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Congo runner-up in presidential vote asks court to order vote recount

Congo runner-up in presidential vote asks court to order vote recount afp 1br6h2


Congo presidential runner-up Martin Fayulu has confirmed he has filed a court challenge to the election results, asking for a recount and alleging fraud.

The constitutional court has seven days to consider the challenge.

Fayulu has alleged a backroom deal between the declared winner, opposition leader Felix Tshisekedi, and President Joseph Kabila.

“You can’t manufacture results behind closed doors,” he told reporters on Saturday.

Kabila is due to step down in the coming days after 18 years in power, in what was meant to be Congo’s first democratic transfer of power in 59 years of independence. But he has 
signaled he intends to remain involved in politics and might run for president in 2023 when term limits no longer apply.

Fayulu’s coalition asserts he won with 61 per cent of the vote, according to the Catholic Church’s 40,000 election observers across the country. Congo’s electoral commission says he received 34 per cent and Tshisekedi 38 per cent.

The commission’s president has said there are two options: The official results are accepted or the election is annulled.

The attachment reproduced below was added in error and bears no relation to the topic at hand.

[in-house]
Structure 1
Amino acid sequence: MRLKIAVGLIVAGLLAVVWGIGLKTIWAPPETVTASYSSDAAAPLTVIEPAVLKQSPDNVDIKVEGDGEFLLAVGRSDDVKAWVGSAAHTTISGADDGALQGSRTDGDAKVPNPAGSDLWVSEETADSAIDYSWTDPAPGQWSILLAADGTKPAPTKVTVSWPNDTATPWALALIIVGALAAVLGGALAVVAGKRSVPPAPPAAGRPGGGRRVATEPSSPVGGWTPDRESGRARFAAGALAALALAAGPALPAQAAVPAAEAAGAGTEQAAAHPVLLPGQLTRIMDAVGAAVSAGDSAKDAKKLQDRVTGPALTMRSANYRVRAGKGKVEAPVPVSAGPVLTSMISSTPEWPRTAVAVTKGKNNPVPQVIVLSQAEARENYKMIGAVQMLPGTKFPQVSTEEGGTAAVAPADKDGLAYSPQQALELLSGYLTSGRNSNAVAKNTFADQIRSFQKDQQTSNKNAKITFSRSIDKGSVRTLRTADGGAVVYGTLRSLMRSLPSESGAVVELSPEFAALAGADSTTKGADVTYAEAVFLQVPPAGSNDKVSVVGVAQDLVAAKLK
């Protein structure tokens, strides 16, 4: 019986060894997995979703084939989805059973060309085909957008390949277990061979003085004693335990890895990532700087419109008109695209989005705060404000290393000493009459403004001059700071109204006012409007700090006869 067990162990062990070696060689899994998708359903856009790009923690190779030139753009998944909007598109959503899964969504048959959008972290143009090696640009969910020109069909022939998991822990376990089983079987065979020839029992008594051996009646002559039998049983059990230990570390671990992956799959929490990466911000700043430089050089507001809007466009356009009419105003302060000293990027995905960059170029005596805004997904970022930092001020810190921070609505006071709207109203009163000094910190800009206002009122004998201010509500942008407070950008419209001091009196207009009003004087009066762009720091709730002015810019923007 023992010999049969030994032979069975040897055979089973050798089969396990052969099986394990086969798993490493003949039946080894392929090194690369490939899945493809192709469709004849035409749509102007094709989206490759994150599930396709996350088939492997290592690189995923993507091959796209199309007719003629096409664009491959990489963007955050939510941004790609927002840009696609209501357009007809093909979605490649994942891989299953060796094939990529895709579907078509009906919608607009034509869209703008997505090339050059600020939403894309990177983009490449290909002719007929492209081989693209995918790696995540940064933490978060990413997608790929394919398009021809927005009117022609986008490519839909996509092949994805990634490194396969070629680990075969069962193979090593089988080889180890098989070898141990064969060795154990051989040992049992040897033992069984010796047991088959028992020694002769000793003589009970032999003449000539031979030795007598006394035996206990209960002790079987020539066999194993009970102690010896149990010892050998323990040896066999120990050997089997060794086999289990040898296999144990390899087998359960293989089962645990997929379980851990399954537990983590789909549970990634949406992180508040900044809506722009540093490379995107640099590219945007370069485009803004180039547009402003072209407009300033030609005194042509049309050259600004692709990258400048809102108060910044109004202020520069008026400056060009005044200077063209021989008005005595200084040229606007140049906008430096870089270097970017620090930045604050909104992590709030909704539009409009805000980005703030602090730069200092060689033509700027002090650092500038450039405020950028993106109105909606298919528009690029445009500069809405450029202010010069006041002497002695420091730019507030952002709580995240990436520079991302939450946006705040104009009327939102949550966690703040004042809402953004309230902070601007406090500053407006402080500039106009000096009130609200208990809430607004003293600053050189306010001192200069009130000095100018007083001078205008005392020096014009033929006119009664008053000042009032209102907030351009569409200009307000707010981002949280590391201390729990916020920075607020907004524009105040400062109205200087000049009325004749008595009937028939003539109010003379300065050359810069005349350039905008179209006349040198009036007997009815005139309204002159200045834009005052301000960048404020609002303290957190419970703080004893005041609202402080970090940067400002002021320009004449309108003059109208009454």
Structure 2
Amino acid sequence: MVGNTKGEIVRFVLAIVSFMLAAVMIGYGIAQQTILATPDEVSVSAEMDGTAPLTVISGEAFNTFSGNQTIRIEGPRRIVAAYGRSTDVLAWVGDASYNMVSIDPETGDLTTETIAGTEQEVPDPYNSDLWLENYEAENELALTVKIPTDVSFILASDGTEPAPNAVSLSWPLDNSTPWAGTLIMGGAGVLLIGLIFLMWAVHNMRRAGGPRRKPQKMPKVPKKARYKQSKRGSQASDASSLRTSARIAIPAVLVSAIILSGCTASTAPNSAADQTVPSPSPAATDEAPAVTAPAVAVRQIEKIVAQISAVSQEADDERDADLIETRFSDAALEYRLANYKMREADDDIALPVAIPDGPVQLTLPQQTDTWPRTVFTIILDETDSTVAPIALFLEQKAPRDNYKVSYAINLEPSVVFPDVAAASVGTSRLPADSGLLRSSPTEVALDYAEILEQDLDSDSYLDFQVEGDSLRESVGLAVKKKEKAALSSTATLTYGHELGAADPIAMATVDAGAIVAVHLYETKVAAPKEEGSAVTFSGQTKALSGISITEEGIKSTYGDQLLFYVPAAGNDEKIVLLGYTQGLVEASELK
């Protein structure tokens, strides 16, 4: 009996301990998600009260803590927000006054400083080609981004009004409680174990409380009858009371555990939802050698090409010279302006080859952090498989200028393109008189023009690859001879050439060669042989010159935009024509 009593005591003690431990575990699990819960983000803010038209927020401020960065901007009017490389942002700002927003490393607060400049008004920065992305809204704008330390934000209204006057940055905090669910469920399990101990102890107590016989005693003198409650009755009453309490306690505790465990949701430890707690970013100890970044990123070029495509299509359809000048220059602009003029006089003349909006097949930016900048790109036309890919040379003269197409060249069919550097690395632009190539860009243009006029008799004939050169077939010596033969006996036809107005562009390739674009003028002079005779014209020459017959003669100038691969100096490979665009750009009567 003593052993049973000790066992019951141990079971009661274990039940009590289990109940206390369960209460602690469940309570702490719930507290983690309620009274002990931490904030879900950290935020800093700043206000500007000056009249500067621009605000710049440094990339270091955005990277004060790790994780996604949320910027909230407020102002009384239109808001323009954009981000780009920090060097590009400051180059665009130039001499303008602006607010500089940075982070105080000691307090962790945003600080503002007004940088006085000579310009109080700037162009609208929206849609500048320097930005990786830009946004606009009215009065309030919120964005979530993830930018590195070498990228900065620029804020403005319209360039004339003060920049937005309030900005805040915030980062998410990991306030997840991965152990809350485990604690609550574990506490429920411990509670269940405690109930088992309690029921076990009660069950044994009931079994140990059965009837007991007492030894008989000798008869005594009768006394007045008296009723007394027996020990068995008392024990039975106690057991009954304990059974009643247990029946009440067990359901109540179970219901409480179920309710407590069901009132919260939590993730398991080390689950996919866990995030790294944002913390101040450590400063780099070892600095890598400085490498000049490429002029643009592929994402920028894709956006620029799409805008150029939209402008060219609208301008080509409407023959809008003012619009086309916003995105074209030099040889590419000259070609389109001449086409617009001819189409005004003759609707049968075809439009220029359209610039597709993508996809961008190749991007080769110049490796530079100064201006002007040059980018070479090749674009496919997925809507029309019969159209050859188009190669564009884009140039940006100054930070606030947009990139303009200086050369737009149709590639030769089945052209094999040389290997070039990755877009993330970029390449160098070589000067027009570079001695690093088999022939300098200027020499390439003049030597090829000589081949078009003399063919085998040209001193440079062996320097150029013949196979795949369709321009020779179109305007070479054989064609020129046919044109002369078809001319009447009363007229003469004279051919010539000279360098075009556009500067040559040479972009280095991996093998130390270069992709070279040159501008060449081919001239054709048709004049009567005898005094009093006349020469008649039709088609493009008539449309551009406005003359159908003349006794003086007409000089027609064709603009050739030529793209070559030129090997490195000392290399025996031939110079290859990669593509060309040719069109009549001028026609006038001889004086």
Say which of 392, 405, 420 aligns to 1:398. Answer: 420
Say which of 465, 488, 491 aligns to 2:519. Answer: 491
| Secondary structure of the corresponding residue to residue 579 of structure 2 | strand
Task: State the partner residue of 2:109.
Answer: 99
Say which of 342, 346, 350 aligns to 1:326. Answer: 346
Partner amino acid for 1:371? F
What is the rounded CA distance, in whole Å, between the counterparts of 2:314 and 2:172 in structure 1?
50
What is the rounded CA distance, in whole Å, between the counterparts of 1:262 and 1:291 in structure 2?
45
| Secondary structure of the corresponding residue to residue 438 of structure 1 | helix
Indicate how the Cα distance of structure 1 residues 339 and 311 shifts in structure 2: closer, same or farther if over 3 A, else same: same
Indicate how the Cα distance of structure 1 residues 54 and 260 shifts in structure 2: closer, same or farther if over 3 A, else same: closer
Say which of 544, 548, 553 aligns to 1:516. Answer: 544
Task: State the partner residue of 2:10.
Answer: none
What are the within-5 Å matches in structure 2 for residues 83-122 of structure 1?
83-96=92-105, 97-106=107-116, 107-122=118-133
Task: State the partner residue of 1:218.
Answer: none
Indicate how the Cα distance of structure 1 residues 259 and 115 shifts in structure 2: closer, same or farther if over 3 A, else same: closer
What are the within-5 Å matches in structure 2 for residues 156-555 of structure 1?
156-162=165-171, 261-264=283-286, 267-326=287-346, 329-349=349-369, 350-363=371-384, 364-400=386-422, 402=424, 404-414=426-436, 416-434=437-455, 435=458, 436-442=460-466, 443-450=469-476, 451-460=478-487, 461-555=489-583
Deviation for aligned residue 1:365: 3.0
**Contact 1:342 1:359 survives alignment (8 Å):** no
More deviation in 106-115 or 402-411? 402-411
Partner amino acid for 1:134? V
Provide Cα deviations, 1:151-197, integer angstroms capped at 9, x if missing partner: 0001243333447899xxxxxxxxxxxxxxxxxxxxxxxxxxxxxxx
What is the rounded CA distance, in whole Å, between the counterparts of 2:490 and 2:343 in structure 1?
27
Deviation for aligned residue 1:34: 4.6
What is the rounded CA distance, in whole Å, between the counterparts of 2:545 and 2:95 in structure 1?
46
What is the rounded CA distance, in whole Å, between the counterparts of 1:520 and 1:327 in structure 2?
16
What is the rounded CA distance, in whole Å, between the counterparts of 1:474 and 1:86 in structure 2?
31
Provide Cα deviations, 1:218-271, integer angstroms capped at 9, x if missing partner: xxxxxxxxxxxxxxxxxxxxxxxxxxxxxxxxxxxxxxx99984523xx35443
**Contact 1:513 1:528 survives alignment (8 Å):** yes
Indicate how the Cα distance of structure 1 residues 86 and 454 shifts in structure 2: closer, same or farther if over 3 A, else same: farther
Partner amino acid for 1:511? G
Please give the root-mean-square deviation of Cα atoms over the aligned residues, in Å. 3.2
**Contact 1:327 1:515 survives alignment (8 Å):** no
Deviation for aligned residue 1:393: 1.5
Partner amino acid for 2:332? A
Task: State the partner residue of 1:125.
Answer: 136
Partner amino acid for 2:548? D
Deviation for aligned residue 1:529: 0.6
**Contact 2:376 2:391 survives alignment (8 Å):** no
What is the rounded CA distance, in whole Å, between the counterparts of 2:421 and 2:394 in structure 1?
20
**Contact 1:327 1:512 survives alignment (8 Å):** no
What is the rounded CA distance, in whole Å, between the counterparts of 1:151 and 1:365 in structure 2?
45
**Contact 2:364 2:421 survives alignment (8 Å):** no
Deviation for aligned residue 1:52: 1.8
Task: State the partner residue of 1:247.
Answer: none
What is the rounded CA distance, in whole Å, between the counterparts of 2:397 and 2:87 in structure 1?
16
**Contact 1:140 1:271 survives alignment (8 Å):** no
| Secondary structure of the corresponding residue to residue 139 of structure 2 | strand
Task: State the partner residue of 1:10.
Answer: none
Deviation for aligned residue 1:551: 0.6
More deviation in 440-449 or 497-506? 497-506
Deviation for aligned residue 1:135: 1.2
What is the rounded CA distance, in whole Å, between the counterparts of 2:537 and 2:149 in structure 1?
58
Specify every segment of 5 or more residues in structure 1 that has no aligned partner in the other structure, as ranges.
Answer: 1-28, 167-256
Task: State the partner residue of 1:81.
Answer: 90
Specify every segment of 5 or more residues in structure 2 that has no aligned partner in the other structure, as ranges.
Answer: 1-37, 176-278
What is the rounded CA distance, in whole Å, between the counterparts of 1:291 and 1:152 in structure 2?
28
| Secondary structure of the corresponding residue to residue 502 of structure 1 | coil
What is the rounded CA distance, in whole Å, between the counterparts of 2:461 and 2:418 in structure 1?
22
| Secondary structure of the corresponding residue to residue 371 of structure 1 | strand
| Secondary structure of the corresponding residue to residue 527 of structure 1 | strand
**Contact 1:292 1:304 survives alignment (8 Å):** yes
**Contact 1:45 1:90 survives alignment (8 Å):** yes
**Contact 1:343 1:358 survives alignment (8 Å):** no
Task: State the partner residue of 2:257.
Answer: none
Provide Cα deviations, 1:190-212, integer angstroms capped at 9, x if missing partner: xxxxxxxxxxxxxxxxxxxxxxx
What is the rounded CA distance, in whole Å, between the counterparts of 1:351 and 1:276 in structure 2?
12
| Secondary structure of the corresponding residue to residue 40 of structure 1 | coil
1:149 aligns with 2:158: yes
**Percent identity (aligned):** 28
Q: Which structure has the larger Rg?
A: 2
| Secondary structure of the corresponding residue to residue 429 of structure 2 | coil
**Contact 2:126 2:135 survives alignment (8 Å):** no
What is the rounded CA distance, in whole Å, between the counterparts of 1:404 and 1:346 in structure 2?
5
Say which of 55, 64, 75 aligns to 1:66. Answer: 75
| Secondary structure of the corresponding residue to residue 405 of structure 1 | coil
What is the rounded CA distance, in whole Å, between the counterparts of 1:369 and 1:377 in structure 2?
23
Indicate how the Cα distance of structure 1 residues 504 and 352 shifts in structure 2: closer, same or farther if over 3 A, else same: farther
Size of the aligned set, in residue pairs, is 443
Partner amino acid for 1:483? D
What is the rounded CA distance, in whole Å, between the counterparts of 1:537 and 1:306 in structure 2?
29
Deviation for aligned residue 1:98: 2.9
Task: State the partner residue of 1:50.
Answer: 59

Felix Tshisekedi, who was believed to be the favourite candidate of outgoing Congolese President Joseph Kabila, was declared he winner of Congo’s Dec. 30 election. (Luis Tato/AFP/Getty Images)

Fayulu has called for a manual recount of the vote in all three of Congo’s Dec. 30 elections: presidential, legislative and provincial. He alleges in a Twitter post that the results were “fabricated.”

The electoral commission has said the ruling coalition of President Joseph Kabila won a majority of the national assembly seats and provincial ones.

The commission announced those results early Saturday and results for the presidential campaign on Thursday. It said the date for the presidential inauguration is Jan. 22.

Fayulu, a former Exxon manager and Kinshasa legislator, was a vocal activist during the turbulent delay in Congo’s election, insisting it was time for Kabila to go. Many feared the president would find a way to stay in office and protect his vast assets obtained from Congo’s staggering mineral wealth.

Fayulu was backed by two popular opposition leaders barred by the government from running.

 



Source : cbc

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